Science Budget: Bad News Masquerading as Good.

So now we know. If you believe…if you have faith…or perhaps if you just can suspend your disbelief for one more time, then the news out of the Lame Duck Presidential budget request is actually pretty good for science.

The NSF request comes to $6.85 billlion — up $822 mill over the actual 2008 allocation. (Reality check — that wouldn’t cover three days of Iraq/Afghanistan operations, but, hey, its an increase, isn’t it? Actually, more on this theme below.)

Some details: the request covers another 7o0 graduate student fellowships over 2008 actuals of 2375. New faculty don’t do so well — about an 8 percent increase in funding earmarked for young investigators. Research grants go up by 16% — improving funding rates to an astounding 23% from 21%.

Some areas get targeted boosts: computationally enabled research in a handful of (to my mind) rather fuzzily defined areas just more than doubles to a cool $100 mill. Understanding fresh water dynamics (a non-trivial problem IMHO) gets a $10 million dollar jump-start…and so on. Click the link (above and here) for more details.

Other federal research funds got some props too. DOE’s Office of Science gets an almost 20% jump over 2008 actuals to $4.7 billion — and the rest of DOE, a funder of a fair amount of applied research through its other divisions, got a slight overall boost — with some robbing Peter to pay Paul.

I’ll post more on other agencies as I get my hands on (and have time to process) some of the numbers; hopefully I can link to the good work of others for most of the details.

But, of course, all this is really an exercise in cruelty, for at least two reasons.

The first is the lie inherent in the happy talk coming out of the various agencies about the brave new increases. Notice the careful use of the phrase “over 2008 actual appropriations” or its variations. The budget request for the last fiscal year came out in February 2007, just like this year’s 2009 request. The actual appropriation did not come until days before Christmas, and as documented elsewhere on this blog and many other places, it was a disastrous compromise for much basic science.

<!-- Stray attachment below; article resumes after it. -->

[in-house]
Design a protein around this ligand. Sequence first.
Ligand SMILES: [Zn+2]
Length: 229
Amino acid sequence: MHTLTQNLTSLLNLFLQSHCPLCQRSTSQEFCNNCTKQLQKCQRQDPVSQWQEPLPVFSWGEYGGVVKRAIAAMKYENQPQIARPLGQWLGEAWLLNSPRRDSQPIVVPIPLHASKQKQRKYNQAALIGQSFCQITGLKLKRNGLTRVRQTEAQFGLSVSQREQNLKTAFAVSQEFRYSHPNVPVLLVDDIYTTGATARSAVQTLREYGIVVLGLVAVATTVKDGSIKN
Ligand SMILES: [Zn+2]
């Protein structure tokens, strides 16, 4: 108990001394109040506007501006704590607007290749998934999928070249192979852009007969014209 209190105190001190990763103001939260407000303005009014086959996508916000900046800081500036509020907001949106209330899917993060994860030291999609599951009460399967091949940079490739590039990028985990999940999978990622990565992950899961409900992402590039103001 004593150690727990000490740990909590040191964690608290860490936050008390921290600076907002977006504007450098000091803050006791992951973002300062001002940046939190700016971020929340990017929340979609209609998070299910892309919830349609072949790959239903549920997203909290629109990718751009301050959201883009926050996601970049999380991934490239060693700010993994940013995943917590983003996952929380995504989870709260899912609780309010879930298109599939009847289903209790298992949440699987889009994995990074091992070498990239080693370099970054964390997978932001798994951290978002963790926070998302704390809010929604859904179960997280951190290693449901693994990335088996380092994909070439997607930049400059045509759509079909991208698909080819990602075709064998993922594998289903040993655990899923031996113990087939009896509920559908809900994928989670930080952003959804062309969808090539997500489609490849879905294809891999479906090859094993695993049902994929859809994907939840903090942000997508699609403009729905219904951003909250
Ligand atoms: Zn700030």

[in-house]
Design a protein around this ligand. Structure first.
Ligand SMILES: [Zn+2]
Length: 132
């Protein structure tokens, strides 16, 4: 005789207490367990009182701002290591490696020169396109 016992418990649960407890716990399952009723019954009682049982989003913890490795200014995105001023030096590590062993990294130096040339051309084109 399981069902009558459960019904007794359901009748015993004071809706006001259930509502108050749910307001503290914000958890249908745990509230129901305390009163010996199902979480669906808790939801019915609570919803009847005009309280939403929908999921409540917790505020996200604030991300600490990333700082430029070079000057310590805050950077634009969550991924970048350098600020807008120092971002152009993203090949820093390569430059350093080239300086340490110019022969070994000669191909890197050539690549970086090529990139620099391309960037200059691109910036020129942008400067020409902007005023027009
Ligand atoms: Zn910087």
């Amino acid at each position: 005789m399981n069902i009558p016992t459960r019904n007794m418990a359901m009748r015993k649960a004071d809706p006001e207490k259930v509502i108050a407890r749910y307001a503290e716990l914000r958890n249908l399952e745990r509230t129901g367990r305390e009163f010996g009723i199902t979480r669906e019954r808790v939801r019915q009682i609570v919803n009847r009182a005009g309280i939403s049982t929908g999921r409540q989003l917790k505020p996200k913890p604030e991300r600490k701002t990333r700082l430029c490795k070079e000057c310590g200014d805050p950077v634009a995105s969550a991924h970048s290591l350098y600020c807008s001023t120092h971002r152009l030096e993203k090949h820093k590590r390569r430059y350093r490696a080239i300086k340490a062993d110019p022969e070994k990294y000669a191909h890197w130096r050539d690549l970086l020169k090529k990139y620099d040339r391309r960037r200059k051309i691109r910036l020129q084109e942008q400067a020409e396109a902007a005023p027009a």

That is: last year’s NSF request came to for 6.43 billion dollars. The appropriation shrank to right around 6 billion — or just a hair above the 2007 appropriation of 5.916 billion, which was itself just a $400 million bump after two years of nearly-level funding. The DOE Office of Science increase — even if it survives, will still leave funding there flat for the last decade, and will not be able to prevent the gutting of high energy physics executed by the 2008 final budget.

The take-home? These numbers form a platform from which to lobby your reps and senators — and by all means do that. But no one should plan on spending any of these “increases” anytime soon. The odds are good that much or all of this new money is vaporware.

But all of this actually pales besides the second lie in the happy talk agency press releases. The whole budget is a fiction, a fantasy — actually a nightmare.